This article is going to be less of a note of DM advice and more of a public service announcement about some of the way language is used in 5th edition, specifically with the use of keywords and similar types of terms.
Anyone that's cracked upon a Player's Handbook at the middle and started reading is well aware from context that some words are special. Words like action, initiative, move, check, and save are specially defined terms in the rules, much like a variable might be defined in computer science or mathematics. It's a word that fits seamlessly into English, but it carries with it strict mechanical definitions pertaining to the rules of the game. I hope haven't said anything too surprising yet -- there's some interesting points to be made surrounding these keywords, however.
The 5th edition of D&D uses another type of term intermittently within the rules that's less specifically defined, but plays a huge role in how easy the system is to understand, and being familiar these words can make a world of difference when describing your campaign world to players.
"Eldritch" is one such word. It's not described within the rules as a keyword, but it's only used in one particular context: warlocks. It's used in the warlock's Eldritch Invocations and in the cantrip eldritch blast, a key cantrip for the class. It's connection is so ubiquitous, players would be excused for mistaking a DM's outside use of the word 'eldritch' while describing something for reference to an actual warlock class feature.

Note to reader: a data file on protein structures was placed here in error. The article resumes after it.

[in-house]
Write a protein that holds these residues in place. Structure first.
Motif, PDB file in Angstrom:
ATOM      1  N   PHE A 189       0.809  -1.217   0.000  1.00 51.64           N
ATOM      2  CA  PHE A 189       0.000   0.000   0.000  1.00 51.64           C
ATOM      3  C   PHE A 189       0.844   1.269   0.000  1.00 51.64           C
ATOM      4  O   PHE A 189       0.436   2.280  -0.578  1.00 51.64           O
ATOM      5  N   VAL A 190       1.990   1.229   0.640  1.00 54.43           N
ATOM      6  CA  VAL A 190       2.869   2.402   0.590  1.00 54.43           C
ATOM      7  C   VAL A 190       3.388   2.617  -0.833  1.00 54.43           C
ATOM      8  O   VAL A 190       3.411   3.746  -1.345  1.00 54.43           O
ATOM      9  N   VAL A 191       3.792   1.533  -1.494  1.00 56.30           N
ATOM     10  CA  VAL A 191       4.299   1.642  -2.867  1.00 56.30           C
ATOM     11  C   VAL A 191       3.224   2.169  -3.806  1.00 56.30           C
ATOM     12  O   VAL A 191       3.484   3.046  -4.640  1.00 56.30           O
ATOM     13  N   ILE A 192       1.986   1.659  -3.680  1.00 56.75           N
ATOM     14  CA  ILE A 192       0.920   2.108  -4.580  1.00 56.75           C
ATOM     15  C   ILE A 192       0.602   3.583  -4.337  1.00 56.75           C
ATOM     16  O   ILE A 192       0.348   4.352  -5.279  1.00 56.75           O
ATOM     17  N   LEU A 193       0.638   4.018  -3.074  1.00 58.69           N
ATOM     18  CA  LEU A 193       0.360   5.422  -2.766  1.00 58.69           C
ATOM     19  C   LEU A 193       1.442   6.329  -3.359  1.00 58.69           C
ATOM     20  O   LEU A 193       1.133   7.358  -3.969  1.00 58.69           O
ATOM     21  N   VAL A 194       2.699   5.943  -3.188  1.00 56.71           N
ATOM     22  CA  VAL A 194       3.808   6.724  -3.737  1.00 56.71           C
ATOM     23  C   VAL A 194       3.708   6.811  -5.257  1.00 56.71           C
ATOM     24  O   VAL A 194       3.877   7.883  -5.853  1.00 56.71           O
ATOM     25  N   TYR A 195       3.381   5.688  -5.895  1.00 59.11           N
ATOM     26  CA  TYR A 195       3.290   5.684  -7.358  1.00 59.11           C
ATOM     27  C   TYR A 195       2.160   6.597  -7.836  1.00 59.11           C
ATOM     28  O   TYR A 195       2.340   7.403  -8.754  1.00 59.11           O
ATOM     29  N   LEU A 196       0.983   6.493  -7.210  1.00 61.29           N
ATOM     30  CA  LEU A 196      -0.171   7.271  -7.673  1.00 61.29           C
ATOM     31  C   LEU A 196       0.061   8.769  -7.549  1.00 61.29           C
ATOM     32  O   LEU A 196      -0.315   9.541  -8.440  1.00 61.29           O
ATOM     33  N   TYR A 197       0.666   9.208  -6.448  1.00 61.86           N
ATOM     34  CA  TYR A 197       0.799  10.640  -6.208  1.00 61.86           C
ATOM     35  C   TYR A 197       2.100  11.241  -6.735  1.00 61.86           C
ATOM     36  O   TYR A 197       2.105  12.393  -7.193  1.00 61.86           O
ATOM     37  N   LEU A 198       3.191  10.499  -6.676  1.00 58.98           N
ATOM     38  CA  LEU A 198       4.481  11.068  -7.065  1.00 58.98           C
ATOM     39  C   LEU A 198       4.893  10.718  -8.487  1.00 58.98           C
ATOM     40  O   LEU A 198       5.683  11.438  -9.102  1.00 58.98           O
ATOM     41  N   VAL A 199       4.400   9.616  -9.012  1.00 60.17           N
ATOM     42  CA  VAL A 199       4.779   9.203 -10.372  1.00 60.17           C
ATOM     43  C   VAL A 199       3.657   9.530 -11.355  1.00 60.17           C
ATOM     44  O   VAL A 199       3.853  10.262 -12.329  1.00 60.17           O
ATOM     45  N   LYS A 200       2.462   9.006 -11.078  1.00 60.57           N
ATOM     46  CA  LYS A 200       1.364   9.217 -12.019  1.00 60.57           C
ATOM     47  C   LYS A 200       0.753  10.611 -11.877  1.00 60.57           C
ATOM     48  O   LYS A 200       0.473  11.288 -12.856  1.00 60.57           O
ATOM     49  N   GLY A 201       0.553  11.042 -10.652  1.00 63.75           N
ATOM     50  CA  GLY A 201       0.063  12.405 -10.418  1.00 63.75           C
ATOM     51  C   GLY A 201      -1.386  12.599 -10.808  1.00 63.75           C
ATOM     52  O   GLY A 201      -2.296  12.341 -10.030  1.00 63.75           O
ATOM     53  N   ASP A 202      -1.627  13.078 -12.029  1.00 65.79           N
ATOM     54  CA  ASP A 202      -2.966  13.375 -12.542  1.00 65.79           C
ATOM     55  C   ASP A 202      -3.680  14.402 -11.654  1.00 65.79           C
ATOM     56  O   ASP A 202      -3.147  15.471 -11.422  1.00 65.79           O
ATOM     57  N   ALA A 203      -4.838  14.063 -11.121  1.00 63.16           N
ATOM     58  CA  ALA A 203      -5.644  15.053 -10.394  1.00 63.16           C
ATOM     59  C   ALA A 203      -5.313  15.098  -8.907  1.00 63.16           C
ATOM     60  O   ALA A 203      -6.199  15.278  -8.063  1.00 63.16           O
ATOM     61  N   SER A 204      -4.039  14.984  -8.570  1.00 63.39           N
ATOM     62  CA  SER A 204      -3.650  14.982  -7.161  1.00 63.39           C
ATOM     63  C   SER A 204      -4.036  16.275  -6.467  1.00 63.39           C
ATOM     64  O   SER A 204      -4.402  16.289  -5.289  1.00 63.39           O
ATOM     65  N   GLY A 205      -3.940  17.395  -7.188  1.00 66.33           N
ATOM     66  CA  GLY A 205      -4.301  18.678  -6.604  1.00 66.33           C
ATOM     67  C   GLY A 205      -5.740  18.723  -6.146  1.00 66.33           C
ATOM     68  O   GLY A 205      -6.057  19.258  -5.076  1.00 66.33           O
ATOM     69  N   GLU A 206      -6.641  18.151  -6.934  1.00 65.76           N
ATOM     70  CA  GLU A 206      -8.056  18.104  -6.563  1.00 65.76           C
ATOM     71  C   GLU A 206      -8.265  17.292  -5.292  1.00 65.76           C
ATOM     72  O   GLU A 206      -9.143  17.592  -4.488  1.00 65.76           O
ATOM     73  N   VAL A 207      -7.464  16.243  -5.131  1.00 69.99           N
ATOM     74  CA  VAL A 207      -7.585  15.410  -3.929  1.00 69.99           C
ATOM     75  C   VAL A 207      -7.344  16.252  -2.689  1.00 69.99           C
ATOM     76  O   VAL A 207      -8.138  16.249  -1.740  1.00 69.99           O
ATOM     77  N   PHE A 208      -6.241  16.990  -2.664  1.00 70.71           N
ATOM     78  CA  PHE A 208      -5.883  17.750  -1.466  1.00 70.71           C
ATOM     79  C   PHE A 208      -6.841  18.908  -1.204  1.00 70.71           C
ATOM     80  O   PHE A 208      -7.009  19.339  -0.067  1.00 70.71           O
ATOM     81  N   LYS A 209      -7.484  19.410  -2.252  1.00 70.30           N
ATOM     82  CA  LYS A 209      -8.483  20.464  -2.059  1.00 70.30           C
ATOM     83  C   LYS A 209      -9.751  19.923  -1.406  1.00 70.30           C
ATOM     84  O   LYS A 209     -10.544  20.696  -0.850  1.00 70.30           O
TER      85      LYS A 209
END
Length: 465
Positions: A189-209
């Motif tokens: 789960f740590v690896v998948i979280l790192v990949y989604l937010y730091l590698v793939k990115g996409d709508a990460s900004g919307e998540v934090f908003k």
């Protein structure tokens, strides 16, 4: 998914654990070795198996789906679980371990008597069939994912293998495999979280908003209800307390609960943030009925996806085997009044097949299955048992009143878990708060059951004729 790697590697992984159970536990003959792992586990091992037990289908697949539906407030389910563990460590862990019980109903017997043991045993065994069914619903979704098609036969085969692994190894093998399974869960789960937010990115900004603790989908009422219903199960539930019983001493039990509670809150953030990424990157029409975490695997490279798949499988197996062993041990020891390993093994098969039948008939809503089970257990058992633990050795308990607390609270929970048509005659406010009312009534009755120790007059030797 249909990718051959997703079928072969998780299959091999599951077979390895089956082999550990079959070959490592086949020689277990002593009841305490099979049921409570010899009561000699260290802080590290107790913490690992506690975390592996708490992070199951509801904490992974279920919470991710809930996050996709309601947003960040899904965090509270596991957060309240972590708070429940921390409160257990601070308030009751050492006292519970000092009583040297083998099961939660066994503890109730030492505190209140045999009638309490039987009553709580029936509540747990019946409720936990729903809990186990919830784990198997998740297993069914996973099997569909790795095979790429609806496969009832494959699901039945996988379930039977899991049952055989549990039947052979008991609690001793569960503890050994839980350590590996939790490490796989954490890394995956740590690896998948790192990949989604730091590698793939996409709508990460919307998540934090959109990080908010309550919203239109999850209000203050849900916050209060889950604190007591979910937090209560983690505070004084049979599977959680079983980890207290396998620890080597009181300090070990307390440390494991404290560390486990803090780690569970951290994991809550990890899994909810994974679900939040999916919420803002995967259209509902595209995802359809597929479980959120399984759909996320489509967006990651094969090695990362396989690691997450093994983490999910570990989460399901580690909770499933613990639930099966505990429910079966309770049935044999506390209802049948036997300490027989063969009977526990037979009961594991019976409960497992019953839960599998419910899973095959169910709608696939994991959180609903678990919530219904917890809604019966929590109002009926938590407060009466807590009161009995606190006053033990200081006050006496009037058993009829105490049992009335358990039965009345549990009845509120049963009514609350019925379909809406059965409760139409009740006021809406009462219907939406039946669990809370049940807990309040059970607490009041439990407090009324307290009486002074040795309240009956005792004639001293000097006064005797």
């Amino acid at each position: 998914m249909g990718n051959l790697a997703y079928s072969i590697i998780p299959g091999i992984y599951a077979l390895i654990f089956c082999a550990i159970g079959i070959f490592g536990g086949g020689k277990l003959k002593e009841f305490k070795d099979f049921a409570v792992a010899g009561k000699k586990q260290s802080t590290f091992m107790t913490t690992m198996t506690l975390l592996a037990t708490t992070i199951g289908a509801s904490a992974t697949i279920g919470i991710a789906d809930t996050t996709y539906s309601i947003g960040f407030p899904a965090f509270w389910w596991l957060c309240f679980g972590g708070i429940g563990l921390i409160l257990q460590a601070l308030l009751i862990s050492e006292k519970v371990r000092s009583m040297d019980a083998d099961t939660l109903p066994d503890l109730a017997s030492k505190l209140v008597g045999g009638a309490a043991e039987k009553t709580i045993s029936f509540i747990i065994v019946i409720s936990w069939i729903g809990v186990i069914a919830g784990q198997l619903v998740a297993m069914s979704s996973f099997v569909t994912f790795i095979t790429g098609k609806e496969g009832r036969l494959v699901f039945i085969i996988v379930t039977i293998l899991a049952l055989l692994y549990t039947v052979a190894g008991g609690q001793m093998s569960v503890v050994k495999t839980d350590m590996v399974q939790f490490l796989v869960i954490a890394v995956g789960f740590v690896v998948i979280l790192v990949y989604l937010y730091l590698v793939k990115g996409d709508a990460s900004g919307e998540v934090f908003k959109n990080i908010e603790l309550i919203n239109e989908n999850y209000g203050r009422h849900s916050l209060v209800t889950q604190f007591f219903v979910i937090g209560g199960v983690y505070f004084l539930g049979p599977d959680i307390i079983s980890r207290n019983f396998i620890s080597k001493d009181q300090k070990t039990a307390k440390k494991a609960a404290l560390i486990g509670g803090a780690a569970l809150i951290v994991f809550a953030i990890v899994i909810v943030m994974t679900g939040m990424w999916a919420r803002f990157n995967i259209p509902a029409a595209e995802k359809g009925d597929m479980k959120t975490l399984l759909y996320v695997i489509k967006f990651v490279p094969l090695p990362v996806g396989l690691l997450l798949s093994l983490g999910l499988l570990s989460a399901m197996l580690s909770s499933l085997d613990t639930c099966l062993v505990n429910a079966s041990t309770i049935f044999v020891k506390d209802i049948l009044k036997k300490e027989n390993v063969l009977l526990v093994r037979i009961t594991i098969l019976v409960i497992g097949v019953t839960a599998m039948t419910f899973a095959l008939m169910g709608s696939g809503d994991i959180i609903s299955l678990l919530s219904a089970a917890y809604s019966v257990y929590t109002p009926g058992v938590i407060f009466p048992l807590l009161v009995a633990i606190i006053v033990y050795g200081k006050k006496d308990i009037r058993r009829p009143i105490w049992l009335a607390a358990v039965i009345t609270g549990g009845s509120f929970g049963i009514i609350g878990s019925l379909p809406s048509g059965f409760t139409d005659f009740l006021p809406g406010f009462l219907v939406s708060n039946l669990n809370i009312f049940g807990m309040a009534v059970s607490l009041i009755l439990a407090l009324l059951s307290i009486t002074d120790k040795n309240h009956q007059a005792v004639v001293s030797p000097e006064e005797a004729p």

The theme words don't stop there -- Barbarians make almost exclusive use of the words 'primal' and 'rage' in their descriptions, bards use 'inspiration', even though it's a proper keyword, clerics and paladins share the word 'divine', and wizards get 'arcane'. There's basically a term for every class. Why does this seem to be the case?
The answer is quite clear: associating a word with a particular class, and especially with something that represents a key thematic division in the world, such as the division between a cleric's 'divine' magic and a wizard's 'arcane' magic, is a very useful shorthand to have, even it's not defined within a mechanical keyword. Players can make leaps of logic towards correct understanding after reading only a few words in a title. For example, a feature called Primal Arcana probably has to do with rage, barbarians, and wizardry, but almost certainly doesn't have anything to do with bards or paladins.
Making Your Own Words
Making your own keywords is challenging in a pre-defined system like 5th edition, but designing your own theme words for new organizations, types of magic, and other world divisions is very powerful for storytelling and homebrewing alike. By contrast, leaving a class or organization without an associated theme word can make a class completely unpalatable. (And the 5e ranger is a key example of this.)
Here's some theme words that are already in use (italicized ones are significantly weaker in practice):
Barbarian: Primal, Rage
Monk: Martial Arts, Monastic
Paladin: Sacred, Aura
Ranger: Hunter (I guess...)
Rogue: Cunning, Sneak
Sorcerer: Power, Magic
Here's some that we the Digits have used to define our own classes a little more strongly:
Witch: Insidious (upcoming)
Try seeing what other thematic words you can find hidden in the game, and try making up a few of your own for your own campaign!
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